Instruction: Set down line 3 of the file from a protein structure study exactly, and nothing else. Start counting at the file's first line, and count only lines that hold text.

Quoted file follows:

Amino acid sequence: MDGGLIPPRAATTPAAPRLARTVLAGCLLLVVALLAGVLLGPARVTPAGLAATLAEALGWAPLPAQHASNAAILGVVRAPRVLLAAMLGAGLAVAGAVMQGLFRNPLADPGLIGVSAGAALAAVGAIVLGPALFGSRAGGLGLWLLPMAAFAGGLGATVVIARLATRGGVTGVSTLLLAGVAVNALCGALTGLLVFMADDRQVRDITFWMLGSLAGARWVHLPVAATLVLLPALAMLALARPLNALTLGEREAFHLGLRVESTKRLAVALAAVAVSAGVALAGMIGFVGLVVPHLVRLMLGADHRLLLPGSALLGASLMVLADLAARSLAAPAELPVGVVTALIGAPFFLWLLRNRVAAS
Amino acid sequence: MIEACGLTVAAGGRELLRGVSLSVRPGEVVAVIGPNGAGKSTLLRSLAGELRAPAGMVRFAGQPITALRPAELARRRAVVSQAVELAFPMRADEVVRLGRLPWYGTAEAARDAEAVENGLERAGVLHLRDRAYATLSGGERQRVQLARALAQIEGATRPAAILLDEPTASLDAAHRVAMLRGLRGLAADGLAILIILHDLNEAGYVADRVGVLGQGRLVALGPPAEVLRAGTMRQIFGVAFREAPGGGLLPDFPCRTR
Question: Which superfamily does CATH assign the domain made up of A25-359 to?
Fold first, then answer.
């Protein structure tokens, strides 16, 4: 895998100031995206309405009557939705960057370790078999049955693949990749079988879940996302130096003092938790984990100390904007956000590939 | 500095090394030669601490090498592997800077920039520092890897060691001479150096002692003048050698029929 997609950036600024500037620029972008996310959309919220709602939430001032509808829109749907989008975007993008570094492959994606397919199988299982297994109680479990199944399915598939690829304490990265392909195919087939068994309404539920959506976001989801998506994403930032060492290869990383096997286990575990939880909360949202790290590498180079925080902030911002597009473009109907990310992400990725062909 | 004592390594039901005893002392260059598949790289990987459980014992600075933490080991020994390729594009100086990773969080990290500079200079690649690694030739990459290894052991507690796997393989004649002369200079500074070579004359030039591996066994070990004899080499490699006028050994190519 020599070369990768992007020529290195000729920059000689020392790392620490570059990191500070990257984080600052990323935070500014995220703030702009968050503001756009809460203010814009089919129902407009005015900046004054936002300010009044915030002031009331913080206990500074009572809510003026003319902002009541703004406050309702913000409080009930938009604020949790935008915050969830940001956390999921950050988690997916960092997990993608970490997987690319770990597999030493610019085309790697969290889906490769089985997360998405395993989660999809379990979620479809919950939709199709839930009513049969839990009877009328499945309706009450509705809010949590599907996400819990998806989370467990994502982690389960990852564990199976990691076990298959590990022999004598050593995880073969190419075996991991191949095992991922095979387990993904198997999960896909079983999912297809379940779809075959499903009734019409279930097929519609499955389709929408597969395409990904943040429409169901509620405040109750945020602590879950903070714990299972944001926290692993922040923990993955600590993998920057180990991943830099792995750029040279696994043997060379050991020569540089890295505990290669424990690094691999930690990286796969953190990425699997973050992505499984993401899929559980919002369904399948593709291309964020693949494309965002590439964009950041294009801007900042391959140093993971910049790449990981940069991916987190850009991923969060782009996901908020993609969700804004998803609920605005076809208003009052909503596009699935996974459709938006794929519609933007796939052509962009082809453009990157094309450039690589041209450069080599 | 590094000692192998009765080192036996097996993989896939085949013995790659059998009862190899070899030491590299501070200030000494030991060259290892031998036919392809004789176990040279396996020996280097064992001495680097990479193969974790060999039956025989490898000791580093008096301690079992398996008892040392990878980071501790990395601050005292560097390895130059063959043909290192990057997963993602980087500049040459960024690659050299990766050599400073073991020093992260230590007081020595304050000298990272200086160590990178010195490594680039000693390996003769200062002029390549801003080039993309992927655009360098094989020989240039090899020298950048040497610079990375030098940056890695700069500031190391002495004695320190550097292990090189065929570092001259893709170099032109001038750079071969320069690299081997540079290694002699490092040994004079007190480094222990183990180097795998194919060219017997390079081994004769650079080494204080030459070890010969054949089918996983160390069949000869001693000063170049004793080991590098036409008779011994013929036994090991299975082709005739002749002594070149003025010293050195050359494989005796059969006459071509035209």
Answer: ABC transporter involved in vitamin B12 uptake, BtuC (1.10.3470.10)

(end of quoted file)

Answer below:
Question: Which superfamily does CATH assign the domain made up of A25-359 to?